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Italian medical device firm Sorin Group has initiated patient enrolment in the TRIUMPH-CRT clinical trial in Europe with the world’s first triple-site ventricular (Tri-V) pacing CRT-D device.

The trial is designed to evaluate the benefits of individually optimised Tri-V pacing over standard biventricular pacing in patients with a non-left bundle branch block (LBBB) morphology.

During the trial, the company will use its Paradym CRT-D Tri-V device, which paces ventricles at three different locations. A special connector in the device allows the use of three ventricular leads without the need for any separate adaptor.

"There is a need to find alternative CRT solutions for patients that have a poor response to the standard therapy."

University of Rennes Hôpital Pontchaillou and the study principal investigator professor Jean-Claude Daubert said: "There is a need to find alternative CRT solutions for patients that have a poor response to the standard therapy.

"The TRIUMPH-CRT trial focuses specifically on non-LBBB heart failure patients, and we want to demonstrate that individually optimised Tri-V pacing will help to significantly improve their ventricular function.

"In addition, using a specially designed Tri-V device with a dedicated connector will streamline the implant procedure and limit further complications."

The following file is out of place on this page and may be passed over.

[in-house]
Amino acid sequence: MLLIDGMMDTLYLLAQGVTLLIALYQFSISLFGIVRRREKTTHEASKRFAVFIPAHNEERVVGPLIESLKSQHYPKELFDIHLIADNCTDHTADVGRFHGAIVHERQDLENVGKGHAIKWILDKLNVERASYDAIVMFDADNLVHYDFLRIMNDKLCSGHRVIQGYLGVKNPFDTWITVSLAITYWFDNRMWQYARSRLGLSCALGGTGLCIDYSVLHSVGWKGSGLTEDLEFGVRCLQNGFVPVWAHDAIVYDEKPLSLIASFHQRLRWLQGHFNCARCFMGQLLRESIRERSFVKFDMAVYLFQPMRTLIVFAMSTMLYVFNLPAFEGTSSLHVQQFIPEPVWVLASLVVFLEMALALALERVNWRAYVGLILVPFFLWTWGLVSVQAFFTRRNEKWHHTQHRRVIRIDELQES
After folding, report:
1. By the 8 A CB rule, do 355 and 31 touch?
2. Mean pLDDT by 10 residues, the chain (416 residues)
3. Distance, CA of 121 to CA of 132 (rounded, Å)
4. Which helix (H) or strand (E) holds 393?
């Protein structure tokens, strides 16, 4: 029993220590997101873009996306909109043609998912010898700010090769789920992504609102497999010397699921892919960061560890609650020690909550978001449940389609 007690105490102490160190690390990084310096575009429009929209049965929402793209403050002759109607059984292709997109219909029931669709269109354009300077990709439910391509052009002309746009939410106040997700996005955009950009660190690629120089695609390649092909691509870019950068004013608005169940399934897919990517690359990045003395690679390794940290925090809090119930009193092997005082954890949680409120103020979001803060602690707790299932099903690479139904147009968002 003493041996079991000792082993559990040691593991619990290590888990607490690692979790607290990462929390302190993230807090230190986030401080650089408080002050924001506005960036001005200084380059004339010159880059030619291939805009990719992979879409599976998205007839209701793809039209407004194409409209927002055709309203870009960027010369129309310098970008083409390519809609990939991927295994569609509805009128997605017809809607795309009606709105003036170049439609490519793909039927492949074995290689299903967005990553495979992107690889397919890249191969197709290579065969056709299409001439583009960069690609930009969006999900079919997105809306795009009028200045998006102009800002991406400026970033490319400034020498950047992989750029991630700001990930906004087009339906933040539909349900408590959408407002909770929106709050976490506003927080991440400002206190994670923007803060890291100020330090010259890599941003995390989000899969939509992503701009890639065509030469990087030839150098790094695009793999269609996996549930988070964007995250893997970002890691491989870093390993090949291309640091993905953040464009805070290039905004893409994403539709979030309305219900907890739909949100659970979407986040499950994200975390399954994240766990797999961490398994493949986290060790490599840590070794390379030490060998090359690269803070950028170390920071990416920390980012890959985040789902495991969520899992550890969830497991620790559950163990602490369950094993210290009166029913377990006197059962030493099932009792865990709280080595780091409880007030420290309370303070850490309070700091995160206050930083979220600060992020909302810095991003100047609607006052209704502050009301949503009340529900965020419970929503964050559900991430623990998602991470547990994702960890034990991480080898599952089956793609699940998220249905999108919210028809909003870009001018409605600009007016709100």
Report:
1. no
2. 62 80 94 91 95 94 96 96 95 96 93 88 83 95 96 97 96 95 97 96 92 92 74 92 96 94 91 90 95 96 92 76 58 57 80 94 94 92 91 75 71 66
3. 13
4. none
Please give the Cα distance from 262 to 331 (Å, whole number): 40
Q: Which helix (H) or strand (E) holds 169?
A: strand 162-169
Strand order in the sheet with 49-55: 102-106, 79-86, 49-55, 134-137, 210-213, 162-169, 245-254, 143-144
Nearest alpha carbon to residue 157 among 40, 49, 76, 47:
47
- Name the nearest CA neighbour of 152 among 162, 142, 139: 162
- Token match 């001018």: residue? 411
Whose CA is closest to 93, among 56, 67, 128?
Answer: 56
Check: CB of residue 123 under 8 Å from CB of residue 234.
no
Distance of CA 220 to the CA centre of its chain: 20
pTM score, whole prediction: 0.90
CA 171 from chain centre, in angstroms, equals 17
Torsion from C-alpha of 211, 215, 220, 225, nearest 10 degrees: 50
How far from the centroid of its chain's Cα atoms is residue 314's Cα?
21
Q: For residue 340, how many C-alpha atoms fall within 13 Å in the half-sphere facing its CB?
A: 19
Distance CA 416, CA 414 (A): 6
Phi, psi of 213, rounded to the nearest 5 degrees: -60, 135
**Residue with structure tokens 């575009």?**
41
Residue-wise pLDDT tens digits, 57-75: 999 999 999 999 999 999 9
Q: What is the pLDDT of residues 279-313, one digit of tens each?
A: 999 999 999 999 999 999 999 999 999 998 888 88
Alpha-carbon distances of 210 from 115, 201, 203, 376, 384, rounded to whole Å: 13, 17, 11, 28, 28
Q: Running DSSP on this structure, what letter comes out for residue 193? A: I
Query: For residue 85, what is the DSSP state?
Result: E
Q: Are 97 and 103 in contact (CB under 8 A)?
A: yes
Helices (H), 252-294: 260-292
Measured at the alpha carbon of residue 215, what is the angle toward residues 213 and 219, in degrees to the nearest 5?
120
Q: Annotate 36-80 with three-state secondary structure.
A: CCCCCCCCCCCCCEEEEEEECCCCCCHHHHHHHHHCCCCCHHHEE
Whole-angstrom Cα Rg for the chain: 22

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Approximately 216 patients in Europe will be enrolled in the multicentre, international, prospective and randomised TRIUMPH-CRT trial.

The trial’s primary endpoint is to show that individually optimised triple-site pacing (Tri-V pacing) is superior to standard biventricular pacing in reverse ventricular remodelling.

The endpoint will be evaluated by measuring the left ventricle end-systolic volume (LVESV) by echocardiography at 12 months post implant, while echocardiographic findings will also be assessed by an independent core laboratory.

Sorin Group CRM business unit president Stefano Di Lullo said: "This landmark study has the potential to transform the standard of care for patients with heart failure who do not respond to CRT today and further reasserts our commitment to improving individual patient outcome."